More people will start to die from surgical procedures and cancer treatments unless urgent global action is taken to tackle antimicrobial resistance.
The call follows the publication of a new study in The Lancet that has investigated the potential consequences of increases in antibiotic resistance on the 10 most common surgical procedures and immunosuppressing cancer chemotherapies in the USA that rely on antibiotic prophylaxis.1
The findings estimate that up to half of infections after surgery and over a quarter of infections after chemotherapy in the USA are caused by organisms resistant to standard antibiotics. The study predicts that if antibiotics become 30% less effective in the USA, it could lead to 120 000 more infections in patients undergoing surgery or chemotherapy, and 6300 infection-related deaths each year.
“It really does show how urgent the situation is, how we now need global action if we are not to approach a post-antibiotic era where common infections will be untreatable,” said Dr Liz Tayler (of the World Health Organization’s Antimicrobial Resistance Secretariat) on BBC Radio 4’s Today programme.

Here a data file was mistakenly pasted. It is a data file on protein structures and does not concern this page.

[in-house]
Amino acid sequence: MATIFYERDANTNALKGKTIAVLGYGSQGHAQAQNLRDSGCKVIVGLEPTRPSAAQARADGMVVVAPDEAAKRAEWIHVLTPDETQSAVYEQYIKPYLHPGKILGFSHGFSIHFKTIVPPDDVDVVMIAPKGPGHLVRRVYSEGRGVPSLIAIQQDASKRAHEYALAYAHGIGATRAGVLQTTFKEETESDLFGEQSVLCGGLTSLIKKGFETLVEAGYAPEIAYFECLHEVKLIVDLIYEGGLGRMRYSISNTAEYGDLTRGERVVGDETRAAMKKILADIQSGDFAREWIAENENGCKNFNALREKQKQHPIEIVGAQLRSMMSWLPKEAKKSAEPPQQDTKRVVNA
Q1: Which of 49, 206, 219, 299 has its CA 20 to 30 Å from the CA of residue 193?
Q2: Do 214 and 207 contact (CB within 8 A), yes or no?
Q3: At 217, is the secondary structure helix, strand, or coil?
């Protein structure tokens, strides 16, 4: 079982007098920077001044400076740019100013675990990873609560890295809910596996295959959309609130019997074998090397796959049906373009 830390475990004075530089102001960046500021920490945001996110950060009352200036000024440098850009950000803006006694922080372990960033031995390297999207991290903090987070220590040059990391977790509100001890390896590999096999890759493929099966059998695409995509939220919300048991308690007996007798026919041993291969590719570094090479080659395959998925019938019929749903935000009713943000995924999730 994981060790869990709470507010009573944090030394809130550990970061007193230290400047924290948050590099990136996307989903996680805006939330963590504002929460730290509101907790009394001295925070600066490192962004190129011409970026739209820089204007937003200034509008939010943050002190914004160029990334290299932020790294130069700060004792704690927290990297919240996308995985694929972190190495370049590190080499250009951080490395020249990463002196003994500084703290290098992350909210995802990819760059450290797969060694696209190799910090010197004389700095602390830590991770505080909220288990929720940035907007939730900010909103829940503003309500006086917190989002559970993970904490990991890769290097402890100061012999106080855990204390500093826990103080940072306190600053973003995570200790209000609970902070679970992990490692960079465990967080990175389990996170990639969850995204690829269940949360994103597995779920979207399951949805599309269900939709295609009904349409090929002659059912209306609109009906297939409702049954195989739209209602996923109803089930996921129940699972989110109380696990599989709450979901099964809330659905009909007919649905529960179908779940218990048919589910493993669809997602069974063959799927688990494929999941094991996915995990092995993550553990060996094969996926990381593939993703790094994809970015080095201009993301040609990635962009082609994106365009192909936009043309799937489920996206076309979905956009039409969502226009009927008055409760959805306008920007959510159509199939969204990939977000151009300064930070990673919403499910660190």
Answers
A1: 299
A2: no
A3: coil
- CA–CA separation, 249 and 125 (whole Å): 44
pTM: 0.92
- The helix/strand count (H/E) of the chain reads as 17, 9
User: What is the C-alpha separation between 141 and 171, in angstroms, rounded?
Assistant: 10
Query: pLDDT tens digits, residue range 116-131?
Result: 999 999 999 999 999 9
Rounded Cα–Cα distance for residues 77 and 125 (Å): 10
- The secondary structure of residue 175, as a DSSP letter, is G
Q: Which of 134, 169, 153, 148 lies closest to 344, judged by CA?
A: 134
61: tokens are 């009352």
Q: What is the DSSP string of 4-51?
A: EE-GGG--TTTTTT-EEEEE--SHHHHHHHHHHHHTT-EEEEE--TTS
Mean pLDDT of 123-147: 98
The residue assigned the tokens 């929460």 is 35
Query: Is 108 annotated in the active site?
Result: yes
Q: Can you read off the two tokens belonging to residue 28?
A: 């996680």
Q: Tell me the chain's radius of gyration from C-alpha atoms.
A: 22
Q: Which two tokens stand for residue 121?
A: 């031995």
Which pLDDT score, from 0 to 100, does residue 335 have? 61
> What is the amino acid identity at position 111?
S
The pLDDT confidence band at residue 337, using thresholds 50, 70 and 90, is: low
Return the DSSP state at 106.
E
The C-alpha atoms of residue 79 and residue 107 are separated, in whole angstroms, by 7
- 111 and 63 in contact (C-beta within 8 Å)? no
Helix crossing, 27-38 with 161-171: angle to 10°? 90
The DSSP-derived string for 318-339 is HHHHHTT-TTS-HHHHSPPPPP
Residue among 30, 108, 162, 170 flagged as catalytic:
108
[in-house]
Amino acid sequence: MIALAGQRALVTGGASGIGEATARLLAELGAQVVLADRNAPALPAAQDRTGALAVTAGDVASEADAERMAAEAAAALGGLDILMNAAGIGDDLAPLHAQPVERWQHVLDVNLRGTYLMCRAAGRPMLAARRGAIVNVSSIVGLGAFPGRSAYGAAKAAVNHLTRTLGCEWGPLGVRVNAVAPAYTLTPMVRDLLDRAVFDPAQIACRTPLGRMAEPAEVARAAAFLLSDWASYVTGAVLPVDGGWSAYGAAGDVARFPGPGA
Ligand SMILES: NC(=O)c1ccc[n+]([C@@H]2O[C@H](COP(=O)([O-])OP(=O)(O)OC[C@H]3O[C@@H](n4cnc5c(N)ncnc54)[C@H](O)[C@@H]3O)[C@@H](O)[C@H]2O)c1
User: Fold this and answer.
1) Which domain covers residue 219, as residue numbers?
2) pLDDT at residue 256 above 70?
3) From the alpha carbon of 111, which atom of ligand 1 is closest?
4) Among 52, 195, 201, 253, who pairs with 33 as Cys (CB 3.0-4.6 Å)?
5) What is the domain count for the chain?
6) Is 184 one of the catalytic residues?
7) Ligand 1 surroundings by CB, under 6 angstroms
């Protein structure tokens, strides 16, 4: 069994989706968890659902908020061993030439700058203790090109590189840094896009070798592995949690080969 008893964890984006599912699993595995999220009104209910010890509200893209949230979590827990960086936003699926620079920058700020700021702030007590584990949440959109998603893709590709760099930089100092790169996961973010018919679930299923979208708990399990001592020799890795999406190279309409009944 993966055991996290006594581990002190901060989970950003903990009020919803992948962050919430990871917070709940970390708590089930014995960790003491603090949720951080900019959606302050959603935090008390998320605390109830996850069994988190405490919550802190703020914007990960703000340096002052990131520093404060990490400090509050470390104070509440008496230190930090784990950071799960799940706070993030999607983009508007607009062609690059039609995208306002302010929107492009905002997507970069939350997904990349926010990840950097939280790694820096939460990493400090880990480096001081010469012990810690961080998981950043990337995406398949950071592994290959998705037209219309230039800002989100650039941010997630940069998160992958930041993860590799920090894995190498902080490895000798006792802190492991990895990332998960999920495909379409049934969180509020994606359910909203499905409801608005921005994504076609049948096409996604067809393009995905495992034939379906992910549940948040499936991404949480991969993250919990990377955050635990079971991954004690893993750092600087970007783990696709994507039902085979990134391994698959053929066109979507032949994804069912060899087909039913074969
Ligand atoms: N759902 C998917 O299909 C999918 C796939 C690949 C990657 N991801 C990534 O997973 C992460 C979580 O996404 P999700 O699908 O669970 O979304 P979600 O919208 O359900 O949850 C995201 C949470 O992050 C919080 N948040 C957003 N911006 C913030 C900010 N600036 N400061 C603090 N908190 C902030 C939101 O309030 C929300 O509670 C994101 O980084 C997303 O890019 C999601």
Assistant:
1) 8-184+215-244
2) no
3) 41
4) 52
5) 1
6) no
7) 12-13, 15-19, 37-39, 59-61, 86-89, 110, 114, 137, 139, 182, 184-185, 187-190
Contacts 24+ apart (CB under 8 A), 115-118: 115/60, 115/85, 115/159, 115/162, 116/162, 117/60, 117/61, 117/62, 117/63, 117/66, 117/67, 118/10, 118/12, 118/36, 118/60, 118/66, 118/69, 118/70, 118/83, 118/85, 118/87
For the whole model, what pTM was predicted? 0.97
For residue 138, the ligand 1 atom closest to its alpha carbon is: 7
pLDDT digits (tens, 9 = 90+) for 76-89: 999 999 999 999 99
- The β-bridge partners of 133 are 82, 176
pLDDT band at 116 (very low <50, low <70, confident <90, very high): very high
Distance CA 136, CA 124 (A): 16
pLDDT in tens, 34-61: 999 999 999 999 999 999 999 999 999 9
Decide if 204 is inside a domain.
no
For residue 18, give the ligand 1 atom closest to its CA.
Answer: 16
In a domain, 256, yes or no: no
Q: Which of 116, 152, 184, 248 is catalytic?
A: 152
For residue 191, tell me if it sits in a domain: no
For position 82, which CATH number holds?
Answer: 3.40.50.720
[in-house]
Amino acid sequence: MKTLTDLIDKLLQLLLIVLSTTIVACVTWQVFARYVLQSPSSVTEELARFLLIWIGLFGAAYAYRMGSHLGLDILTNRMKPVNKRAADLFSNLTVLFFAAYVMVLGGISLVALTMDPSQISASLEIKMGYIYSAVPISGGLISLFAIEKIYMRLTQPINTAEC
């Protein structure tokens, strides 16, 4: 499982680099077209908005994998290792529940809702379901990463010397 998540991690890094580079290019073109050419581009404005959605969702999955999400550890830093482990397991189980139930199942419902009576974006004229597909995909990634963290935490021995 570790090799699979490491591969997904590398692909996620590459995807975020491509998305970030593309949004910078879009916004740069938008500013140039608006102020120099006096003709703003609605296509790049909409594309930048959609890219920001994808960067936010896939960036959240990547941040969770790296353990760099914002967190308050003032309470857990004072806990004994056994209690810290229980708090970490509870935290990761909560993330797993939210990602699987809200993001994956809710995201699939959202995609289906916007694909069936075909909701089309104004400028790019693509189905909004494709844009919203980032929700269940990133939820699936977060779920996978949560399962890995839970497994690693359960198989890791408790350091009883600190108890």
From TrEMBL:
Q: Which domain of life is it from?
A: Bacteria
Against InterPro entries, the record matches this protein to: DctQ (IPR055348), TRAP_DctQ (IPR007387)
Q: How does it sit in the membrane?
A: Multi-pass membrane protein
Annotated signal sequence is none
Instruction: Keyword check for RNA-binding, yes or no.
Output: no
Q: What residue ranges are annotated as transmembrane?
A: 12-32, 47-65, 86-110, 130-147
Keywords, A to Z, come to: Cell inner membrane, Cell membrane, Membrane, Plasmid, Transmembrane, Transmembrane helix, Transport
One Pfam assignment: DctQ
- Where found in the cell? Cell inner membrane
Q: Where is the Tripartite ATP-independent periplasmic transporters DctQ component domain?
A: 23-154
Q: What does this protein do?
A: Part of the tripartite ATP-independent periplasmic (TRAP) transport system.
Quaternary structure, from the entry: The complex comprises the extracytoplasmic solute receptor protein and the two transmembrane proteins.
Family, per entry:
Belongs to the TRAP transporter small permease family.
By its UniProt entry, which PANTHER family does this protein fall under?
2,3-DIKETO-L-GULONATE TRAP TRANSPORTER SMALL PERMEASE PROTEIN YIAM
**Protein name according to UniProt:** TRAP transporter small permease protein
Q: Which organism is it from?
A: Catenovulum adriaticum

Concern continues to grow worldwide. President Obama launched a 5-year plan earlier this year to fight the threat posed by antibiotic-resistant bacteria.2 In the UK, the Review on Antimicrobial Resistance, commissioned by Prime Minister David Cameron, is due to present its final report with recommendations for global solutions in spring 2016.3
1. Teillant A et al. Potential burden of antibiotic resistance on surgery and cancer chemotherapy antibiotic prophylaxis in the USA: a literature review and modelling study. Lancet Infect Dis 2015;doi:10.1016/S1473-3099(15)00270-4
2. National action plan for combating antibiotic-resistant bacteria (NAP). Available from: https://www.whitehouse.gov/sites/default/files/docs/national_action_plan_for_combating_antibotic-resistant_bacteria.pdf
3. Review on Antimicrobial Resistance. Available from: http://amr-review.org/home